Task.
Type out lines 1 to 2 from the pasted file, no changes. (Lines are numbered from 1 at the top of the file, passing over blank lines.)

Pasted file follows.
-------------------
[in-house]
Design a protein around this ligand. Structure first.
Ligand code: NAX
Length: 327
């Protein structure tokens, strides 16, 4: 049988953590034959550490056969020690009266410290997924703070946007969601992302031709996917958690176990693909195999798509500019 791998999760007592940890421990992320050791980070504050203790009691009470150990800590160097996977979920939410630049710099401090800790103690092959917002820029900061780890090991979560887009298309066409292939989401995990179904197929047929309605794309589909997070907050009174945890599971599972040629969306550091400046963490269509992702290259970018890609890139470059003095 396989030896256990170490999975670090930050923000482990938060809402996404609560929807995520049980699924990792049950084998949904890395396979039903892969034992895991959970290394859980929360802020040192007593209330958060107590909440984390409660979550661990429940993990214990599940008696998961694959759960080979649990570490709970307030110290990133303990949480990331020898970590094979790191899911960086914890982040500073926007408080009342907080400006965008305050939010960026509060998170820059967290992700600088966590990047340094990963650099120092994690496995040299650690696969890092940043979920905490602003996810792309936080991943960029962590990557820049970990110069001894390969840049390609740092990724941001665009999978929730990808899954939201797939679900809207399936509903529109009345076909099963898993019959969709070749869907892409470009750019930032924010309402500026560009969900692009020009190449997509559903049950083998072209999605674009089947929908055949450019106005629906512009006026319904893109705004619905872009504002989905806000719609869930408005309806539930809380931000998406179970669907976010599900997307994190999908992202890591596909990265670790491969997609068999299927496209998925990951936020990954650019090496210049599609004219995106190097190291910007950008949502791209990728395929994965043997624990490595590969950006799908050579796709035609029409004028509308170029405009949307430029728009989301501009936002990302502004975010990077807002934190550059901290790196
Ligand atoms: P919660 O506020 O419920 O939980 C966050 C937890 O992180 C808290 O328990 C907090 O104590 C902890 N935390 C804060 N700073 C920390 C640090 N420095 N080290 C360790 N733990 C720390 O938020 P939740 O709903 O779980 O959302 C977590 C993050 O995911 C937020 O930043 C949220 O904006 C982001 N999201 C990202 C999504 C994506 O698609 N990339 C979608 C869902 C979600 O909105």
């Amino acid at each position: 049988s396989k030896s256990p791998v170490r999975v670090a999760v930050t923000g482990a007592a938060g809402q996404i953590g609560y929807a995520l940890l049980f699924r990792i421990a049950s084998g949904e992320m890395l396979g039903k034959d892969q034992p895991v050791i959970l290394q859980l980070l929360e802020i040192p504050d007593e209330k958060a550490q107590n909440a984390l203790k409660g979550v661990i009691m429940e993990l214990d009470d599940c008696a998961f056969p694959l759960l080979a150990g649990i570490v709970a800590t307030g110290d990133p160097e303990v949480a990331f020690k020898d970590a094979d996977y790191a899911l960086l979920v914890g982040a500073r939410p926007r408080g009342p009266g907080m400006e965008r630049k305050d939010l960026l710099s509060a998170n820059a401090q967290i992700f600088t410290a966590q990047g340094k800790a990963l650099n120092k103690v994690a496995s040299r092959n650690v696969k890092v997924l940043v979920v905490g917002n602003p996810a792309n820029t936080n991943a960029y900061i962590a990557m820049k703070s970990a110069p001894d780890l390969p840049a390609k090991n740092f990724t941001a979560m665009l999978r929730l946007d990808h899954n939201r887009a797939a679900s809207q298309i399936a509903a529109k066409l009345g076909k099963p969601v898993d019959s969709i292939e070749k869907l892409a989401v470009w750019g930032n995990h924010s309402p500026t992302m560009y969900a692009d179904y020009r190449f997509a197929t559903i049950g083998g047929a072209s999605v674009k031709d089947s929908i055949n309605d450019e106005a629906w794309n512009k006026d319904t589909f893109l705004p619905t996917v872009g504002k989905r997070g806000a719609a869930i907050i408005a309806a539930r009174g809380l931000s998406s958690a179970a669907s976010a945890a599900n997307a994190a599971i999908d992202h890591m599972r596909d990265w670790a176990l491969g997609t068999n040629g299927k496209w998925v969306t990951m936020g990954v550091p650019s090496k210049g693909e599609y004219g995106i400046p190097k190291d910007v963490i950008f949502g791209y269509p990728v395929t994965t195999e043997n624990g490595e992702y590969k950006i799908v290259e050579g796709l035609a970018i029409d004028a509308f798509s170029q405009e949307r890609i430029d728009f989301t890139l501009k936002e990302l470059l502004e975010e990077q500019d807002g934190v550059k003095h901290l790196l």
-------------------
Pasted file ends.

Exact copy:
[in-house]
Design a protein around this ligand. Structure first.